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Shimano recalls cranksets

Old 09-28-23, 08:24 PM
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Originally Posted by TC1
For what it's worth, I have a crankset covered by this recall so I stopped into my LBS a few days ago and inquired about the process. The first words out of the owners' mouth were "You're not getting a new crank if it isn't broken." To which I replied, "How exactly is 'broken' defined?" The answer was, 'There has to be a visible gap between the two bonded surfaces of the crankarm.'

In other words, this is more like CYA from Shimano. They are absolutely not going to be giving away a million new high-end cranksets, so don't get your hopes up.


As an aside, this recall is an important topic, so perhaps it would be better to split the pedal-thread-standard conversion off into its own post. Just a suggestion.
I'm not sure why anyone would expect a working crank to be replaced, or even want to receive a crank that doesn't match the aesthetic of their out-of-production groupset.

This isn't a one-and-done. Shimano will forever be required to replace affected cranks if they start to crack.
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Old 09-28-23, 08:44 PM
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Originally Posted by Kontact
I'm not sure why anyone would expect a working crank to be replaced, or even want to receive a crank that doesn't match the aesthetic of their out-of-production groupset.

This isn't a one-and-done. Shimano will forever be required to replace affected cranks if they start to crack.
Because they are suspicious it will crack without sufficient warning in the future and they’ll be hurt.
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Old 09-28-23, 08:48 PM
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Originally Posted by choddo
Because they are suspicious it will crack without sufficient warning in the future and they’ll be hurt.
That is unlikely. The ones where people got hurt were likely already split open and felt funny. I've seen a bunch of people come in complaining their drivetrain felt mushy. None of them broke off.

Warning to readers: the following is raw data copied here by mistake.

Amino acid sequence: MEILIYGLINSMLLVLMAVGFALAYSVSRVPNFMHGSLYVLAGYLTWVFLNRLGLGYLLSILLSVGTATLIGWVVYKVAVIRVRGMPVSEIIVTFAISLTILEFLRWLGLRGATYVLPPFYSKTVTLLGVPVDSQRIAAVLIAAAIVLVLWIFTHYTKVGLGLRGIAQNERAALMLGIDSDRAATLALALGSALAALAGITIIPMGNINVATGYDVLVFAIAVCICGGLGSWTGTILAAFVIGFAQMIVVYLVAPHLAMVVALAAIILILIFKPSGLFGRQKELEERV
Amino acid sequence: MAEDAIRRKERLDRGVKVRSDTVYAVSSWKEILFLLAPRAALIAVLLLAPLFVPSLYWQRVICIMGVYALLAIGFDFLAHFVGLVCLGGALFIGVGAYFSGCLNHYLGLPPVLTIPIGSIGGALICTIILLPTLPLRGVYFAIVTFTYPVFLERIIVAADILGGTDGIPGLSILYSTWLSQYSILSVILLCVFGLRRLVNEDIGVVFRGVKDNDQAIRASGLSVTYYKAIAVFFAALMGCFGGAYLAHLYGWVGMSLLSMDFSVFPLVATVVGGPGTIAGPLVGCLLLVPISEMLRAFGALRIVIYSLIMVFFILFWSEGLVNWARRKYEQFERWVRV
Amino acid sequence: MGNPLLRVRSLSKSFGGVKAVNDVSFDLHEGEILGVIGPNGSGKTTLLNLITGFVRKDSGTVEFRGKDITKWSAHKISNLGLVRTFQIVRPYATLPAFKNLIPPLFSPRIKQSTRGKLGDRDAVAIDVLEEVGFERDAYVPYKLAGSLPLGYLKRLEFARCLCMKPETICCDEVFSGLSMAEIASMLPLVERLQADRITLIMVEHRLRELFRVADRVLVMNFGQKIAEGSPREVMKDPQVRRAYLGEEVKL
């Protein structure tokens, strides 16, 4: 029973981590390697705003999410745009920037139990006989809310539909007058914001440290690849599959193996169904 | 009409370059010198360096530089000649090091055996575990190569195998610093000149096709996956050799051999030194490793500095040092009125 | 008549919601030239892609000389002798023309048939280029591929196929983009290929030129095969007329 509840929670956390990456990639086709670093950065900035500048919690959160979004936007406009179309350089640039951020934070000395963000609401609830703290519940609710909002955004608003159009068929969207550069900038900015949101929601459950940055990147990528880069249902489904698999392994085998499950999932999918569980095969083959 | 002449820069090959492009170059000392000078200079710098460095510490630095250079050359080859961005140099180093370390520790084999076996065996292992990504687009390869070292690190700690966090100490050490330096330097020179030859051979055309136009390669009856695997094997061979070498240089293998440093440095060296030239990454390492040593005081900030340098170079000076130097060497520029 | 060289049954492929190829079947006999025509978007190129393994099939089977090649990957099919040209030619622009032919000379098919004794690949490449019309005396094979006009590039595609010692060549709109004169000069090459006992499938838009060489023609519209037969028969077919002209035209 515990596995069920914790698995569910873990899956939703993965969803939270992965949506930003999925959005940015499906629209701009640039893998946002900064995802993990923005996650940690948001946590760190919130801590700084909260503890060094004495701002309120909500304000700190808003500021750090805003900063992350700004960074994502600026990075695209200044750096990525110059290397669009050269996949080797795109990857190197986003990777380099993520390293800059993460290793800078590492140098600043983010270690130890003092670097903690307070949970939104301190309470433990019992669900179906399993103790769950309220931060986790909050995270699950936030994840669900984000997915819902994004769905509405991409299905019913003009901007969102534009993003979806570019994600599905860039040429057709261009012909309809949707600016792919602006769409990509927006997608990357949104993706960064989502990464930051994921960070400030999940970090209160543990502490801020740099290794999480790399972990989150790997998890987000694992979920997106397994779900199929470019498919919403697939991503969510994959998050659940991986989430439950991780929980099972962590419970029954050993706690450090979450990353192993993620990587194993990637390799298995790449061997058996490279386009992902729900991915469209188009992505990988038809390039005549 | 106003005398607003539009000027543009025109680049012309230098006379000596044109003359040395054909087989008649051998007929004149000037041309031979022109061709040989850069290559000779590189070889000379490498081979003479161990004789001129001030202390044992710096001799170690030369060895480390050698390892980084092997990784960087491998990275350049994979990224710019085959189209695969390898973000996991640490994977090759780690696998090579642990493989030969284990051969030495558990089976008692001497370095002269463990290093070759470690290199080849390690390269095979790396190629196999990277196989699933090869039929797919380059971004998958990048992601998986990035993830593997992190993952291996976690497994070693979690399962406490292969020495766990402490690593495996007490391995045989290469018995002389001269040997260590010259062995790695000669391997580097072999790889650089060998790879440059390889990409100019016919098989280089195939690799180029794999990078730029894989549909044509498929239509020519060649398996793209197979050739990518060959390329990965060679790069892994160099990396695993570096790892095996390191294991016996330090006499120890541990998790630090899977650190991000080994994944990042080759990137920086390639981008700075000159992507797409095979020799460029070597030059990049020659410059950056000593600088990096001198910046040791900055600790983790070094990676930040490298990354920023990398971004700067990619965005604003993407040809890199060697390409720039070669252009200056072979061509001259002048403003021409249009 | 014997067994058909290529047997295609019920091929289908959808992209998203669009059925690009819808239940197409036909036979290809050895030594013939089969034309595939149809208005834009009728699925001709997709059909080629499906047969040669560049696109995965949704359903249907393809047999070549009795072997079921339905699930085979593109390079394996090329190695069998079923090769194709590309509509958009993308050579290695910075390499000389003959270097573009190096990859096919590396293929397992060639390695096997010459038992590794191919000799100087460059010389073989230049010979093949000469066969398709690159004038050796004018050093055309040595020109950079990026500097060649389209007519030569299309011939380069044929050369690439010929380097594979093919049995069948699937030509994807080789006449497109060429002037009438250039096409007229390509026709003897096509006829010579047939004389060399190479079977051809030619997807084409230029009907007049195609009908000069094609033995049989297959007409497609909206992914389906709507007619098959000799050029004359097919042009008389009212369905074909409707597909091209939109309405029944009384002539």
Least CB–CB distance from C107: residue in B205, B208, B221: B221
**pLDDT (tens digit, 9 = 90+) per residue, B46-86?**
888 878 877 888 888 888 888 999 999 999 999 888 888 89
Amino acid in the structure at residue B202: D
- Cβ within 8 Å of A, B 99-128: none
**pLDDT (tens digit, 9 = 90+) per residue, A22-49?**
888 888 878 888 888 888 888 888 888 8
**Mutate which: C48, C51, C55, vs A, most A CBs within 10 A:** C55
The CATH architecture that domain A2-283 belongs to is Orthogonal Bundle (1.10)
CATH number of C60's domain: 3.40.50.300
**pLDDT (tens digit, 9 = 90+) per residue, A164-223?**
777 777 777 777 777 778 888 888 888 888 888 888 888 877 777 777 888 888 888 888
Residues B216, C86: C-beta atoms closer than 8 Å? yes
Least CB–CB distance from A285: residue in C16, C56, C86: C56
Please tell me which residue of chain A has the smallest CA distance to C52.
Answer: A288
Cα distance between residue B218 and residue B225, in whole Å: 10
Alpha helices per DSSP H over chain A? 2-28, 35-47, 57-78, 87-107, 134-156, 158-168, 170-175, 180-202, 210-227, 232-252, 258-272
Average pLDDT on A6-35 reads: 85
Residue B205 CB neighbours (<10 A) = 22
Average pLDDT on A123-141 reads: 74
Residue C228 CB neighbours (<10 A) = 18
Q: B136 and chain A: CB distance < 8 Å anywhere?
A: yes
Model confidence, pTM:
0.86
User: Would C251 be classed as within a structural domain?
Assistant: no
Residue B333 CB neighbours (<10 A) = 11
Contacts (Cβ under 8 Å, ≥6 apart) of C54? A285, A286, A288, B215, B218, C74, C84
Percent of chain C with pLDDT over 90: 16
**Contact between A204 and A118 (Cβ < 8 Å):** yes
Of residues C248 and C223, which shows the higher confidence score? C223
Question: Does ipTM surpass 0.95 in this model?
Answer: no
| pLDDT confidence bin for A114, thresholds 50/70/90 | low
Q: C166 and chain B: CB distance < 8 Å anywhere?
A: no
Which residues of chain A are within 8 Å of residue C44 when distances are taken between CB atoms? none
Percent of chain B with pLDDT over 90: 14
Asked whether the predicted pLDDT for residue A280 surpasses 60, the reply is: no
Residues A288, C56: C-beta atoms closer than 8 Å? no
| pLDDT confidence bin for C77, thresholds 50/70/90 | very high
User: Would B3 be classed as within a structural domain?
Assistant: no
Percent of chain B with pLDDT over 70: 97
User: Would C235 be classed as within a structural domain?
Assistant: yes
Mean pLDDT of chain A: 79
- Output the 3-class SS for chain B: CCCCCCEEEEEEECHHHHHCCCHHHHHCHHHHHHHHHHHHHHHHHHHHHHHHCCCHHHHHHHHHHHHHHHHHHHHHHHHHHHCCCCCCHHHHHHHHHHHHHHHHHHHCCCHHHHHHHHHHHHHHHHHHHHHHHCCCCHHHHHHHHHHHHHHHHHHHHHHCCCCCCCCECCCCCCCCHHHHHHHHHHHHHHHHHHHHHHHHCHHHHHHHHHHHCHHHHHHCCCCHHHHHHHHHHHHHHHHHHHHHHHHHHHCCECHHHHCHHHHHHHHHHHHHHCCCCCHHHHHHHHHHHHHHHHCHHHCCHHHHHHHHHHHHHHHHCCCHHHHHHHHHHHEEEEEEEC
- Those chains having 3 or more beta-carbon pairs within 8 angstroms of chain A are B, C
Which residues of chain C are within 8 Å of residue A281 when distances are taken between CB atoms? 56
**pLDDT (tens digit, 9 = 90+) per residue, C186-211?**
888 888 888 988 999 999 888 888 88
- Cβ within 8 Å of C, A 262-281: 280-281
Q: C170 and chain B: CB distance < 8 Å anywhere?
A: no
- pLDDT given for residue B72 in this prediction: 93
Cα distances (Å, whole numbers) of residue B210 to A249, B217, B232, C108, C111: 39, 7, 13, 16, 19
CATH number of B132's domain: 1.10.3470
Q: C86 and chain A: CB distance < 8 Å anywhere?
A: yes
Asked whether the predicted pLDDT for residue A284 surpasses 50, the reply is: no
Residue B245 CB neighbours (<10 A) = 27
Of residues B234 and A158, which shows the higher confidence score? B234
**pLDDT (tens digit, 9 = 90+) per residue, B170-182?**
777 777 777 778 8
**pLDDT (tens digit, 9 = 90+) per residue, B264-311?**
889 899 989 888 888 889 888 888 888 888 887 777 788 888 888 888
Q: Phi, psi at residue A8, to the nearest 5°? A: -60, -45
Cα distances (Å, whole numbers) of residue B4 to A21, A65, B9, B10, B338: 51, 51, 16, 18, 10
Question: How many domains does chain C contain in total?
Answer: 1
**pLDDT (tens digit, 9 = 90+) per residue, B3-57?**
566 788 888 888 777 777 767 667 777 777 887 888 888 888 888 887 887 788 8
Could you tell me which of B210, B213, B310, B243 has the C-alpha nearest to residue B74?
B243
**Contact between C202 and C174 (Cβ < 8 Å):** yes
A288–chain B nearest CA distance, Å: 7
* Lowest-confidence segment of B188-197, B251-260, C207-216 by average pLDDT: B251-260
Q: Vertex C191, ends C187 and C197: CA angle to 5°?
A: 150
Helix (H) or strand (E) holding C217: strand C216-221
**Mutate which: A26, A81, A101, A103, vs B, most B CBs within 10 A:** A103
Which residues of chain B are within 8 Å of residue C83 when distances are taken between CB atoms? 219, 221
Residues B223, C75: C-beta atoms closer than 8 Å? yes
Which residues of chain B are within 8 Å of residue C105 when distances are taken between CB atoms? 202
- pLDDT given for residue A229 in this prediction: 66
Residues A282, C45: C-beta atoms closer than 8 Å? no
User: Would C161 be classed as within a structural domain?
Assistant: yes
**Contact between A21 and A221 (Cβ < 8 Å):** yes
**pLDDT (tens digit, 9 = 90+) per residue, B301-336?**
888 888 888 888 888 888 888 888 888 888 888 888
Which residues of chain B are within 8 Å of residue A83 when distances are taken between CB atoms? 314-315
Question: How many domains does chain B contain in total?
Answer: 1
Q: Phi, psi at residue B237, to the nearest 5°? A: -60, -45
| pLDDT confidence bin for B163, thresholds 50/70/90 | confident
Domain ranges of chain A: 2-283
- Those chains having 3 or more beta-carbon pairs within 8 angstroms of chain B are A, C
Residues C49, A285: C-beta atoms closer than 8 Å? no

So now you have to pay attention to the condition of your crankset. (It wouldn't hurt to inspect other things now and then, too.) It will be obvious if the bond starts to go, but it will not go from perfect to sheared off in one ride.


Flip this around - knowing that Shimano makes cranks this way, would you buy a brand new Hollowtech crank? Why assume you'll be safe on one of those? Or a recall replacement for that matter?
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Old 09-28-23, 08:58 PM
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Originally Posted by Kontact
That is unlikely. The ones where people got hurt were likely already split open and felt funny. I've seen a bunch of people come in complaining their drivetrain felt mushy. None of them broke off.

So now you have to pay attention to the condition of your crankset. (It wouldn't hurt to inspect other things now and then, too.) It will be obvious if the bond starts to go, but it will not go from perfect to sheared off in one ride.


Flip this around - knowing that Shimano makes cranks this way, would you buy a brand new Hollowtech crank? Why assume you'll be safe on one of those? Or a recall replacement for that matter?
Sure but if this has never happened to you, you have no idea how long it takes to go from absolutely fine to “on your arse on the tarmac”
Second question - seems more likely they’ll have learned what not to do from this.
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Old 09-28-23, 09:08 PM
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Originally Posted by choddo
Sure but if this has never happened to you, you have no idea how long it takes to go from absolutely fine to “on your arse on the tarmac”
Second question - seems more likely they’ll have learned what not to do from this.
They've known about this for a very long time, and kept at it because the numbers weren't bad enough to tell on themselves.

Consumers need to make choices about what they trust. If you trust Shimano cranks, trust their inspection.
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Old 09-28-23, 09:40 PM
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Originally Posted by Kontact
I'm not sure why anyone would expect a working crank to be replaced...
Because that is precisely what occurs in many recalls.

Originally Posted by Kontact
or even want to receive a crank that doesn't match the aesthetic of their out-of-production groupset.
Many people prioritize safety over aesthetics.
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Old 09-28-23, 09:57 PM
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Originally Posted by Kontact
...It wouldn't hurt to inspect other things now and then, too...

Absolutely!

Especially with some of the newer components using special light weight alloys and composites.
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Old 09-29-23, 02:31 AM
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Originally Posted by Kontact
They've known about this for a very long time, and kept at it because the numbers weren't bad enough to tell on themselves.

Consumers need to make choices about what they trust. If you trust Shimano cranks, trust their inspection.
Yeah that’s true but the fact they (seem to have) figures out their mistake 3-4 years back before being forced to change process gives some level of confidence in the current range.

btw, just remembered a mate of mine had 2 go. First one he did get a feeling it was going beforehand. Second time was out of the blue on a short punchy climb. Luckily not hurt.

He’s not the kind of person to ignore his bike but he’s not OCD cleaners either.
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